Two C.1900 Prayer Cards for St. Vincent de Paul
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Both Art and I love paper and with Art’s collection from the past 50 years and my collection from the last 30 years, we have a lot of ephemera to offer on Ruby Lane. It is going to take some time to get it all listed, but when we finish, there should be something to tempt anyone who visits the shop. Up for offer now…..
AGE: C.1910 or so
ITEM: 2 religious cards for the same saint - St Vincent de Paul aka Saint Vincent of Pauli. Both cards depict Saint Vincent as the caring man he was, roaming the streets and helping the less fortunate. The cards may have been presented at a First Communion ceremony judging by the pencil notation on the back of one which reads - Ed Havermann.
CONDITION: Very nice with just the "aged" patina that comes with paper being stored for so long.
NOTE: The cards always look better in person than in my scans/photos.
PUBLISHERS INFORMATION: The Pauli card was Made in Italy. The Paul card was printed by Maison Bouasse-Lebel, Paris, Made in France.
HISTORY of BOUASSE: The printing house Maison Bouasse-Lebel was founded by Eulalie Lebel in 1845. Her family had a long history of being in the printing business: her father was a printer and engraver, and her maternal grandfather was a printer and librarian. When Eulalie was a young teenager, her family moved into the Latin Quarter of Paris, in the printing district. Here, she met her husband François-Marie Bouasse, who was also from a printing family. The marriage ended poorly, however, and Eulalie was forced to find a way to support herself and her two sons. She decide to do this by founding her own printing company. Thus, the Maison Bouasse-Lebel was born.
The Maison Bouasse-Lebel encountered financial difficulties in its first years. Although Eulalie and her husband were separated, she was required to pay off his massive debts upon his early death. Gradually, the family got back on their feet and began to turn a profit. Her cards gained popularity, both domestically and internationally. The industry was helped by a resurgence of piety in France during the mid-nineteenth century, which helped sales of holy cards.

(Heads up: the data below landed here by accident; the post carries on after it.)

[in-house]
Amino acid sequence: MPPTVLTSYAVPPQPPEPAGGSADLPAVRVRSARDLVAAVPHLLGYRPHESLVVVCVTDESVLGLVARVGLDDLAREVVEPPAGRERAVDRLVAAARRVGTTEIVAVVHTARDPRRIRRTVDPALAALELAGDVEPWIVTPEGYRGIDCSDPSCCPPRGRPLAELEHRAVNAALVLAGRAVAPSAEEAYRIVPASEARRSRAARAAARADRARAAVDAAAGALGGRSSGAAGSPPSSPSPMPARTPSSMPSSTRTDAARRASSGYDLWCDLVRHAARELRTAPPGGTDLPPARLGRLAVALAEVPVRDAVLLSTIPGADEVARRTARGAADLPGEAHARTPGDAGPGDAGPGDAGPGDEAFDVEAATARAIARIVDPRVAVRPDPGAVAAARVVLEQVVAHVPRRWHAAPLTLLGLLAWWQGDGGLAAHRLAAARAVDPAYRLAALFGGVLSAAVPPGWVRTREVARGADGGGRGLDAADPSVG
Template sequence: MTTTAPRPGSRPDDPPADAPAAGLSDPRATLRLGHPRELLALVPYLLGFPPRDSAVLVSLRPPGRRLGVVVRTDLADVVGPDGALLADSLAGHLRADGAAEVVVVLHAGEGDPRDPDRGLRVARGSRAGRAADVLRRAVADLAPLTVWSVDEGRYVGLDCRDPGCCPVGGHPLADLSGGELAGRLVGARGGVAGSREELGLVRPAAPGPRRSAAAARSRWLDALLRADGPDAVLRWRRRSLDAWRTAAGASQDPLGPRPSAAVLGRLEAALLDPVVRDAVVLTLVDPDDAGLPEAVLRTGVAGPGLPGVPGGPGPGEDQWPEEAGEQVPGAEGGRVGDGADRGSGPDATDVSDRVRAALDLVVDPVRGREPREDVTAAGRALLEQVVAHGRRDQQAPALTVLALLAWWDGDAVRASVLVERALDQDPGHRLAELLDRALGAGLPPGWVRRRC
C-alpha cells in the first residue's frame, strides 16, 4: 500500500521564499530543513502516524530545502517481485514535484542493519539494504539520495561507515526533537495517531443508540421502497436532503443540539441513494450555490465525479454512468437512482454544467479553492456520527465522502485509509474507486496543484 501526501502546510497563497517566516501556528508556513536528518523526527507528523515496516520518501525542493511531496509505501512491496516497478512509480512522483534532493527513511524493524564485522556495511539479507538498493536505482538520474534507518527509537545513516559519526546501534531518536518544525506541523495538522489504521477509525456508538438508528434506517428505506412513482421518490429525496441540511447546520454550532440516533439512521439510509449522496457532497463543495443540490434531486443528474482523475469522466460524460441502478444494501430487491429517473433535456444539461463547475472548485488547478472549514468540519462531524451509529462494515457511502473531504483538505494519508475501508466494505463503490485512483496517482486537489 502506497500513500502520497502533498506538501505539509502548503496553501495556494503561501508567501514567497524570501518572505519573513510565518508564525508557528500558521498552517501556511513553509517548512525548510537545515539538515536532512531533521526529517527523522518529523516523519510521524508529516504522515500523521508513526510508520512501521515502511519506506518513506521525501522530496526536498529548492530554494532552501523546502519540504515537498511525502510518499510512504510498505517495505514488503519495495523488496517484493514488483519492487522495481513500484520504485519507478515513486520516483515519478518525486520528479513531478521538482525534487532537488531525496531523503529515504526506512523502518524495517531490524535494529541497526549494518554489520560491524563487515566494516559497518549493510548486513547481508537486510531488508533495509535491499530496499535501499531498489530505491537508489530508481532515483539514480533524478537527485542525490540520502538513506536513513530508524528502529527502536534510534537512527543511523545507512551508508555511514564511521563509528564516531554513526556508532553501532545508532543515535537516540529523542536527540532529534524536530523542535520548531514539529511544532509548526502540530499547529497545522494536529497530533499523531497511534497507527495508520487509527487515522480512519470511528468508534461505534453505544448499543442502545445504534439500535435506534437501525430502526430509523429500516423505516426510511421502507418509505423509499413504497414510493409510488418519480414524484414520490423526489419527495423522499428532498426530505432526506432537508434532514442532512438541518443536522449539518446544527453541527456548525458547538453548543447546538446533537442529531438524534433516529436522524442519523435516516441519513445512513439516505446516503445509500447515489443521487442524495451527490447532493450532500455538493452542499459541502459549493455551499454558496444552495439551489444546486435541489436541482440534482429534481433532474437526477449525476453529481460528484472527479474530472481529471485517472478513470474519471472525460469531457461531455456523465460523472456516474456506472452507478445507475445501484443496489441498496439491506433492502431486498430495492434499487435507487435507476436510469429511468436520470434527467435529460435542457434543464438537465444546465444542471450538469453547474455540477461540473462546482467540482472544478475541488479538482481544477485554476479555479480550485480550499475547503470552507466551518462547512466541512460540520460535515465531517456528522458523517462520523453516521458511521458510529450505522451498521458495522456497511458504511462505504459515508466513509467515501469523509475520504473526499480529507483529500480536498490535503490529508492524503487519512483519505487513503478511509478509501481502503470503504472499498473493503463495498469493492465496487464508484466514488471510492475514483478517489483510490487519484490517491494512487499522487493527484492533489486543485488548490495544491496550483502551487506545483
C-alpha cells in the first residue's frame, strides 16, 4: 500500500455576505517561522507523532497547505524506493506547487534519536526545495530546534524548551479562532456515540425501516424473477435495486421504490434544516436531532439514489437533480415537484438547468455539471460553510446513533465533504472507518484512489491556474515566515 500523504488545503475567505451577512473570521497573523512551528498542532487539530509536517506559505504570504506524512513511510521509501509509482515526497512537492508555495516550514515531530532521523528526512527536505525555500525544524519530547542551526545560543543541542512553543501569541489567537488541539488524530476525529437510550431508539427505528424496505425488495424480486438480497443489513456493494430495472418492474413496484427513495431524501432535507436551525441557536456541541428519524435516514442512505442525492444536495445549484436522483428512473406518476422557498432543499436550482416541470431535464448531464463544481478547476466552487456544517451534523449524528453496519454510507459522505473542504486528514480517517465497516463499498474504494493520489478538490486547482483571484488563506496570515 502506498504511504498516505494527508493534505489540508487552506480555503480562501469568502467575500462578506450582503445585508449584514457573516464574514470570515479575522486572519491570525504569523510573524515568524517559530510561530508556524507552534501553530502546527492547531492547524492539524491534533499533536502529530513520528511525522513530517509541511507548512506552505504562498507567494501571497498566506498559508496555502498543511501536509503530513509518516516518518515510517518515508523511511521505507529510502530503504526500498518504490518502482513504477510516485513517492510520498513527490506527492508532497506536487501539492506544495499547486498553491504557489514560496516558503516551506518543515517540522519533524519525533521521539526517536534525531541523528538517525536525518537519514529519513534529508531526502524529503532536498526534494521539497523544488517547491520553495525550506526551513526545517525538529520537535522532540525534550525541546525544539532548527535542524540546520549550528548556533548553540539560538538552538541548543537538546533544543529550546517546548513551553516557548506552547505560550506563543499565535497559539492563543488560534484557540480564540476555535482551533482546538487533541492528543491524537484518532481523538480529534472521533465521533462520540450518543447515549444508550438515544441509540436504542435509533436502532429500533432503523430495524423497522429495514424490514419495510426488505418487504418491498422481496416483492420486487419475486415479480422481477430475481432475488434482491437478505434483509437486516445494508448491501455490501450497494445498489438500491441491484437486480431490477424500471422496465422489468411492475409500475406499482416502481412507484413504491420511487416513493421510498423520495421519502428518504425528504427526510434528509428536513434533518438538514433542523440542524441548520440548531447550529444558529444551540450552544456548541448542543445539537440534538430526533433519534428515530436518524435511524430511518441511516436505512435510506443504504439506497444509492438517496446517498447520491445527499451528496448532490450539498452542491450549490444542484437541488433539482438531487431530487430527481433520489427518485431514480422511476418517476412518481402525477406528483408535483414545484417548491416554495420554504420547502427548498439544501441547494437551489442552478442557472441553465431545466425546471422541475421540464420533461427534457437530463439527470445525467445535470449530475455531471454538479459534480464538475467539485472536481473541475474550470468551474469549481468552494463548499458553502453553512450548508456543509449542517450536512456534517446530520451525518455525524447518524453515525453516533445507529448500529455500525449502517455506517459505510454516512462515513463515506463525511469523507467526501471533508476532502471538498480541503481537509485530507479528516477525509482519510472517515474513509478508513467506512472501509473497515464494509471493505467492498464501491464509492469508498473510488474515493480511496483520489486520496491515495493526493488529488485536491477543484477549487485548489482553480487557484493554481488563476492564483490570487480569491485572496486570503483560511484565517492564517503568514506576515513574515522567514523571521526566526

In 1852, Eulalie’s son Henri bought the printing house from her. She retained a management advisory position for five years after the sale, but Henri was free to make changes. One of the first things he introduced was the production of items other than religious images. Henri expanded printing to include pictures and images for churches, as well as encyclopedias, maps, and books. He even enlisted the help of the local prison to use their inmates to help create the lace used in their prayer cards. The printing house won many medals for their products at fairs and exhibitions, including at the Universal Exhibition held in Paris in 1855. In 1858, the house signed a contract to produce “objects of piety” for a charity that aimed to bring Christianity to children, initially only in China but then in an expanded list of nations.
SIZE: One is 2-1/2" x 4"; the other is 4-7/16" x 2-1/2".
FINAL COMMENTS: St. Vincent de Paul (24 April 1581 – 27 September 1660) was a French Roman Catholic priest who dedicated himself to serving the poor. He was renowned for his compassion, humility, and generosity and is known as the "Great Apostle of Charity". In 1705, the Superior-General of the Lazarists requested that the holy process of Vincent's canonization be instituted. On 13 August 1729, he was declared blessed by Pope Benedict XIII. He was canonized nearly eight years later by Pope Clement XII on 16 June 1737. Feast days are 27 September and 19 July (Roman Calendar, 1737-1969). He is Patron Saint of any charity, horses, hospitals, leprosy, lost articles, prisoners and volunteers of any type.
FURTHER NOTE: I can put an awful lot of paper into one envelope so be assured, if you buy more than 1 piece of paper, I will adjust the postage once I receive the purchase order. And please, don’t pay until I HAVE revised the postage. Thanks.
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